A Game for Training Missionaries About Indigenous Cultures

The World of Playing cards is a terrific site with reproductions of historic cards from around the world. Most recently, they  shared Snapshots: A Missionary Card Game from the Church Mission Society circa 1910. It’s described as a basic set-building game of 48 cards with 12 sets from representing different cultural practices around the world. Each set has four cards, each of a different color, showing some aspect of culture in Japan, Sudan, and so on. The goal is to prepare the missionaries to work in these places as they preach the Gospel.

870_church-missionary-11

 

You can find more at World of Playing Cards.

Bicycle Playing Cards: The WW2 Escape Map Deck

2015-01-12 13.21.12You’d be surprised just how short is the list of jobs for “expert on games: their history and play.” That I held one for a couple decades (until this past Fall) was a blessing, but it also means I still have plenty of stuff kicking around and nowhere to write about it. So, if I stray off topic from time to time and start blathering on about card and dice and such, feel free to skip ahead to the next post.

On my old gaming blog, I did a lot of coverage of playing cards in general and Bicycle (my sponsor) in particular. I still pick up interesting decks now and then, and just bought the Bicycle Escape Map: WWII Commemorative Map Deck.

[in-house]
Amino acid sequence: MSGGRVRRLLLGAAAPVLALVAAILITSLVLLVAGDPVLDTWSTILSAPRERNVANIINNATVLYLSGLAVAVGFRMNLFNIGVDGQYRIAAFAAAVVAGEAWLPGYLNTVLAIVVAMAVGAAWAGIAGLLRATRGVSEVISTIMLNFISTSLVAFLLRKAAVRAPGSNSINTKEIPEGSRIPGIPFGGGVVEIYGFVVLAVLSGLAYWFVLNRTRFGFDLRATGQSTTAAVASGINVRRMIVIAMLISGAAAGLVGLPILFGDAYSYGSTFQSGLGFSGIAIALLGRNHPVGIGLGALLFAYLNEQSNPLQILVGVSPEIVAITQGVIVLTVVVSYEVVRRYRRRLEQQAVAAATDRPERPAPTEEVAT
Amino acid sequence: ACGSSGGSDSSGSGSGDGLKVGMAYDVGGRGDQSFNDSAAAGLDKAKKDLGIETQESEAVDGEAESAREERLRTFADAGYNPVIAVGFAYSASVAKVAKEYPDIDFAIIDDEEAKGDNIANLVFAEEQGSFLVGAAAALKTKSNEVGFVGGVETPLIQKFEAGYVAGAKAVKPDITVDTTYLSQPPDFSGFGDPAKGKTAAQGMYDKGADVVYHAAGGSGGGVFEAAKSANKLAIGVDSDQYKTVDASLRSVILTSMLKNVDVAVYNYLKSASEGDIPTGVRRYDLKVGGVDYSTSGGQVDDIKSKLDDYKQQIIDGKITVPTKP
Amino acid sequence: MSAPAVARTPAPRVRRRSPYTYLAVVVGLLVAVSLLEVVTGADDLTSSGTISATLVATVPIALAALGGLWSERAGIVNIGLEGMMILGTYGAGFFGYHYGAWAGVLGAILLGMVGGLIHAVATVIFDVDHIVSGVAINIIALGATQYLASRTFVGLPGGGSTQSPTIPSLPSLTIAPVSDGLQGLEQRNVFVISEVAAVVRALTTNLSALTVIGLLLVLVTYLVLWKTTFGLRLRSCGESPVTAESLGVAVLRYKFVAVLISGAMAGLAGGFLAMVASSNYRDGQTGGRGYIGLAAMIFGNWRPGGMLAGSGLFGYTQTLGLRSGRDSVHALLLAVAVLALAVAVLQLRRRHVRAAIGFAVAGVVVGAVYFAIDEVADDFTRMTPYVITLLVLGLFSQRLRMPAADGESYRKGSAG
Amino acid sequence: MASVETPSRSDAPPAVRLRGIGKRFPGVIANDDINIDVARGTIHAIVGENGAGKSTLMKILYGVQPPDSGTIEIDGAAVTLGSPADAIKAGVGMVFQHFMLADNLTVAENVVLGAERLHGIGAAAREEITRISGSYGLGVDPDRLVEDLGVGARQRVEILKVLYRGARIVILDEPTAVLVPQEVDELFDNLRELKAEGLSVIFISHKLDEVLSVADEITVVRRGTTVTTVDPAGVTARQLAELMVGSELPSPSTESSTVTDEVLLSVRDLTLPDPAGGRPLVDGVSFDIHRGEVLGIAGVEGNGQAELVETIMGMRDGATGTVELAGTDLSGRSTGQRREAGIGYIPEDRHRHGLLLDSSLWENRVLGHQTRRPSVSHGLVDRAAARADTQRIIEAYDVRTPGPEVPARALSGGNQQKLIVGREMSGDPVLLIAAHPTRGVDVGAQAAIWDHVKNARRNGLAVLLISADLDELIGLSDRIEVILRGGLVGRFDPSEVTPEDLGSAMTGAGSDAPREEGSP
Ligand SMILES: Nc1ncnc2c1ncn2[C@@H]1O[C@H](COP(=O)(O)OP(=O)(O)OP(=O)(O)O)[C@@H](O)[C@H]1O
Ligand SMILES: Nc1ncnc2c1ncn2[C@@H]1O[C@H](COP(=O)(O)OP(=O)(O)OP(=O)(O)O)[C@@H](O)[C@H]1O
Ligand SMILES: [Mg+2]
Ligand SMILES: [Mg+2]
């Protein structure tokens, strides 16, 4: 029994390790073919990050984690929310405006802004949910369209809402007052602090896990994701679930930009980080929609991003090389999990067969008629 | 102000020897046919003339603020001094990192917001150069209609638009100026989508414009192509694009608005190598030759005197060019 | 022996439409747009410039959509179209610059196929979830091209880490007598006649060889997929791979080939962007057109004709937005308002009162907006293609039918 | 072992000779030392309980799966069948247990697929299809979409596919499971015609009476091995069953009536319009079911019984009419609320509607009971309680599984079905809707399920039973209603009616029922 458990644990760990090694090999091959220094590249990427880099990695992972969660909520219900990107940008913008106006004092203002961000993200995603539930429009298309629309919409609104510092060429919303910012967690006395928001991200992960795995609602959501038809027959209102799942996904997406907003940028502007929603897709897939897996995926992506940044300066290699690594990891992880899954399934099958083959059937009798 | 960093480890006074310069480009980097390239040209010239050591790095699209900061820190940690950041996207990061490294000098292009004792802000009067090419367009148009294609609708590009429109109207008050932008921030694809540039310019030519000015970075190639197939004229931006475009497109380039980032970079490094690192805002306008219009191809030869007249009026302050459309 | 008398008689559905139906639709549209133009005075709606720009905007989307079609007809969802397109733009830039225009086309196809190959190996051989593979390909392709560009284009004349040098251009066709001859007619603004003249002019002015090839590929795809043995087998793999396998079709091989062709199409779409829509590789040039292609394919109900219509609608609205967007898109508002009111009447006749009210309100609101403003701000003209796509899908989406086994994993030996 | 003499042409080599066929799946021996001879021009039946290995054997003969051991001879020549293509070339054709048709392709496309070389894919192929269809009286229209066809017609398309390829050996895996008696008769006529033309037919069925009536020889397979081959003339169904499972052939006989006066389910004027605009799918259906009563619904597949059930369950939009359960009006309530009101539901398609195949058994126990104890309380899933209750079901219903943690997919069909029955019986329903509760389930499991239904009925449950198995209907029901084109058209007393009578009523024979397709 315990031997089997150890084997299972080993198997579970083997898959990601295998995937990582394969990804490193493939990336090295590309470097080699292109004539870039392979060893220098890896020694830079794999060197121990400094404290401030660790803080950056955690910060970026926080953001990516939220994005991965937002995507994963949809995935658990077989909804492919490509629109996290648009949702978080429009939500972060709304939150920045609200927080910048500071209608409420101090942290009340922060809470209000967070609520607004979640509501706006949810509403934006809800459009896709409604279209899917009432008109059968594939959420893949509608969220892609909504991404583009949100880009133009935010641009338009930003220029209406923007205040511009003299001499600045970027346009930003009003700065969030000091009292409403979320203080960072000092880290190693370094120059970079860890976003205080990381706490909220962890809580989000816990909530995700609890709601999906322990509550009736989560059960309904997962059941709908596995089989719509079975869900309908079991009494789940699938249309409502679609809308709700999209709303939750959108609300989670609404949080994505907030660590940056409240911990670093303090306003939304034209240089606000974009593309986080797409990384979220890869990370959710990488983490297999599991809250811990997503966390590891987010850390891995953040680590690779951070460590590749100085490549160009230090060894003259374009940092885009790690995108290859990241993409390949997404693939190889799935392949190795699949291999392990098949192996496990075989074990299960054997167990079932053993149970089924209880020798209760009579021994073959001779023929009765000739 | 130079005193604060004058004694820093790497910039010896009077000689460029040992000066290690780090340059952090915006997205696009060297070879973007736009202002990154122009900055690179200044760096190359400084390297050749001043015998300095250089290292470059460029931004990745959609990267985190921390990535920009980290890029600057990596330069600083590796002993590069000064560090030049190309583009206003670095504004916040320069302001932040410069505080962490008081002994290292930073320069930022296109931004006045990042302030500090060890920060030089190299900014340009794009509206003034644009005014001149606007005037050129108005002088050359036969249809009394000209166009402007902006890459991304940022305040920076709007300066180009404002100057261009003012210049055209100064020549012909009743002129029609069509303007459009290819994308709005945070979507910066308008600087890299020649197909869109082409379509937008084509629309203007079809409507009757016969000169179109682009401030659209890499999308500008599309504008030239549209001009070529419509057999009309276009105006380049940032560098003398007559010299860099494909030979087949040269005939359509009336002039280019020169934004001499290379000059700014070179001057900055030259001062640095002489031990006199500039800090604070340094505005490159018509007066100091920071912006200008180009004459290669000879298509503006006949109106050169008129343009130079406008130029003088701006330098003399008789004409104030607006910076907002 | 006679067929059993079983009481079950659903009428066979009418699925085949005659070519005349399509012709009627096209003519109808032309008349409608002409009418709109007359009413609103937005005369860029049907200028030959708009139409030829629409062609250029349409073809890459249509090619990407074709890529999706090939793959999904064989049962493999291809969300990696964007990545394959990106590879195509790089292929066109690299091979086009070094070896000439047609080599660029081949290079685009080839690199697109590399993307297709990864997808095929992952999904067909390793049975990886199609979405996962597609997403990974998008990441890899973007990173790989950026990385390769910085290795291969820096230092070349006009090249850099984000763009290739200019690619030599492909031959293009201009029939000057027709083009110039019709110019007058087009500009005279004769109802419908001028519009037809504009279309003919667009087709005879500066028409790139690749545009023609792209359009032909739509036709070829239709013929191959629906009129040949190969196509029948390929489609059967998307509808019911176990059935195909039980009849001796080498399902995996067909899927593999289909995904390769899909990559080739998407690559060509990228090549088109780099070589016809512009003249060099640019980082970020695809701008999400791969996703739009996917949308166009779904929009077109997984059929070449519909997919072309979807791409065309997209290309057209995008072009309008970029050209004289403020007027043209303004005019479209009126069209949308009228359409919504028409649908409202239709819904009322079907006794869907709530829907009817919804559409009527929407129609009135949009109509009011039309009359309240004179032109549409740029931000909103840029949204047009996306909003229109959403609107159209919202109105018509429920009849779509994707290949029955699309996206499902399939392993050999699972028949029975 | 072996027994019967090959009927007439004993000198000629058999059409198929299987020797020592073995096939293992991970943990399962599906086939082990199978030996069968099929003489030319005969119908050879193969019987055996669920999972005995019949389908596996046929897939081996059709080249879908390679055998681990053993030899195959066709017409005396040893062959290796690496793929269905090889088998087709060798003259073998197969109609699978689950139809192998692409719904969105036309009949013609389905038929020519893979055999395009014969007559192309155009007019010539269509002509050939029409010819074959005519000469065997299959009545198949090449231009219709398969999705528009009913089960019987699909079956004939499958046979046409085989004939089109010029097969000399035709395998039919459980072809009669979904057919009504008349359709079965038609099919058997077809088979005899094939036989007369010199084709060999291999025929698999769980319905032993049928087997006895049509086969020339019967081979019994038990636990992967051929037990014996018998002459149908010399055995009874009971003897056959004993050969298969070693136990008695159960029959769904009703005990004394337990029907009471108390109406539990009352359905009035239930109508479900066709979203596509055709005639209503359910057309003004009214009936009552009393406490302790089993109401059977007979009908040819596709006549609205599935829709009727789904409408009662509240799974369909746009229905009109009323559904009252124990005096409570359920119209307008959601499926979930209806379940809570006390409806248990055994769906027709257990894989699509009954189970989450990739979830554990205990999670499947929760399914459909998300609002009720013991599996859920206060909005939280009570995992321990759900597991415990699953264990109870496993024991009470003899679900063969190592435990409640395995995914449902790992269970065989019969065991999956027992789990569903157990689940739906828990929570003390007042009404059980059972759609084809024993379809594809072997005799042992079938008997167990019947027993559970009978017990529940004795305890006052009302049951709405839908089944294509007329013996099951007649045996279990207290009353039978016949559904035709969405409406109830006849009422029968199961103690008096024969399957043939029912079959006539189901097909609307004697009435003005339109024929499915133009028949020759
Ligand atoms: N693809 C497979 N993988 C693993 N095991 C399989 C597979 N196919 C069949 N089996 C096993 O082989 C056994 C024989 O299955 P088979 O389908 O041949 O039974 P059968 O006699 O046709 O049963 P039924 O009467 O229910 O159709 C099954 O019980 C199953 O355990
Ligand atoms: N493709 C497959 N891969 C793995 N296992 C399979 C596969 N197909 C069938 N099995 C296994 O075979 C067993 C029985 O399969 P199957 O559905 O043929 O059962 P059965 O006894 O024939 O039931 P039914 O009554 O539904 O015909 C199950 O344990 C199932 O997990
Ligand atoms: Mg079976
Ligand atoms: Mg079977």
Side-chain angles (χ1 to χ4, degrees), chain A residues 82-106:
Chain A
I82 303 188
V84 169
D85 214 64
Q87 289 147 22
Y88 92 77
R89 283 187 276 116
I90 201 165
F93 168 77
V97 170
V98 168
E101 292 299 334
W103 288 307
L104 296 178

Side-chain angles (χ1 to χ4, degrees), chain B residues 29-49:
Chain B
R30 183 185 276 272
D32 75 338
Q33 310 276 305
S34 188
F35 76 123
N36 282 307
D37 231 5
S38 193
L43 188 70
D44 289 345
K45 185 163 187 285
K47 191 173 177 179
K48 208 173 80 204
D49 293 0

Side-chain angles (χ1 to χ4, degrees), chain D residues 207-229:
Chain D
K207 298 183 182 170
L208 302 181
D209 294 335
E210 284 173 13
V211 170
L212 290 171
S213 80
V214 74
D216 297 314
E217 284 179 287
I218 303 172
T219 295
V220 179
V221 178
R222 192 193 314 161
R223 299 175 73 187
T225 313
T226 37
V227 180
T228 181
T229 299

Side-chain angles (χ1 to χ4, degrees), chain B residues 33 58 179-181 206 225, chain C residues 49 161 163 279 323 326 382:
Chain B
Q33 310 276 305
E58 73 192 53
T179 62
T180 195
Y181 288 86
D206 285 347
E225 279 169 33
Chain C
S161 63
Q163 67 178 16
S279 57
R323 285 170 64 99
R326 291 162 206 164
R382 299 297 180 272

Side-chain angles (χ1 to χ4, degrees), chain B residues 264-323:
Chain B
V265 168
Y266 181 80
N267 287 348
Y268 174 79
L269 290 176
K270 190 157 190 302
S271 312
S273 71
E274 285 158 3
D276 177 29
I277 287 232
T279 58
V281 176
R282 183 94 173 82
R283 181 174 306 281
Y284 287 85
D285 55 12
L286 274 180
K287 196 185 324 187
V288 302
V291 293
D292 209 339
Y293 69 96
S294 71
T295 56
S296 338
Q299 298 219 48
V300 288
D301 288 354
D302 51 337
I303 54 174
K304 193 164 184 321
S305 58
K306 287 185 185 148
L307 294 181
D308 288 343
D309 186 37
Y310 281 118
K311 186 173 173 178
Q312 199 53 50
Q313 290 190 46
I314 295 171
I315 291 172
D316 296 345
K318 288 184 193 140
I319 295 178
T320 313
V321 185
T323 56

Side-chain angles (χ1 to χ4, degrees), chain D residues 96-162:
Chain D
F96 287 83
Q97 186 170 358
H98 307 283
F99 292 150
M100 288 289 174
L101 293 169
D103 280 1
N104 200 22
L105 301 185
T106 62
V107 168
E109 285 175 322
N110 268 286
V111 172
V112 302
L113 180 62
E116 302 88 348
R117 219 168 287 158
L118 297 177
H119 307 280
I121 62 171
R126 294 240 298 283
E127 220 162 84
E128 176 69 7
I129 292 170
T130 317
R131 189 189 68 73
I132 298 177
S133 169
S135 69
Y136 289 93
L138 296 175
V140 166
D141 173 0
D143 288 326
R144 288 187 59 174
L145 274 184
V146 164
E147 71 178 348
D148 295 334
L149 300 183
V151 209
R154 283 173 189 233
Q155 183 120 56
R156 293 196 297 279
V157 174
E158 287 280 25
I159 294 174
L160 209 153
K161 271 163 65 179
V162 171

During the war, the United States Playing Card Company (the people who make Bicycle cards) produced a deck for the British and American intelligence agencies. A map showing escape routes was printed between the two layers of the cards. When the cards were soaked in water, a prisoner could peel apart the layers and assemble the full map like a puzzle.

USPCC has created a usable reproduction of these decks, bringing the map image to the surface and laying it over the card faces. Each deck comes with the complete set of cards, a key to assembling the map, and a short history of the scheme. It’s a cool little package, and perfectly playable even with the map art. You can pick one up at Amazon.

 

 

The Rivals For Catan [App o’ the Mornin’]

Klaus Teuber’s two-player version of Settlers of Catan went through a much needed streamlining and revision a couple years ago, creating a more balanced, user-friendly game.

The Rivals for Catan (USM, iOS: $4) uses the themes and setting of Catan, such as quasi-medieval village life; gathering rock, wood, wool, gold, brick, and stone; and spending it on upgrades. Instead of a map, however, each player has a town center made of cards in front of him, and begins with two settlements and a stretch of road. By drawing cards and spending resources, the player expands the road, adds and upgrades settlements, and constructs specialty items, such as buildings or heroes, that add resource bonuses or point advantages. The goal is to build enough to reach a set number of victory points.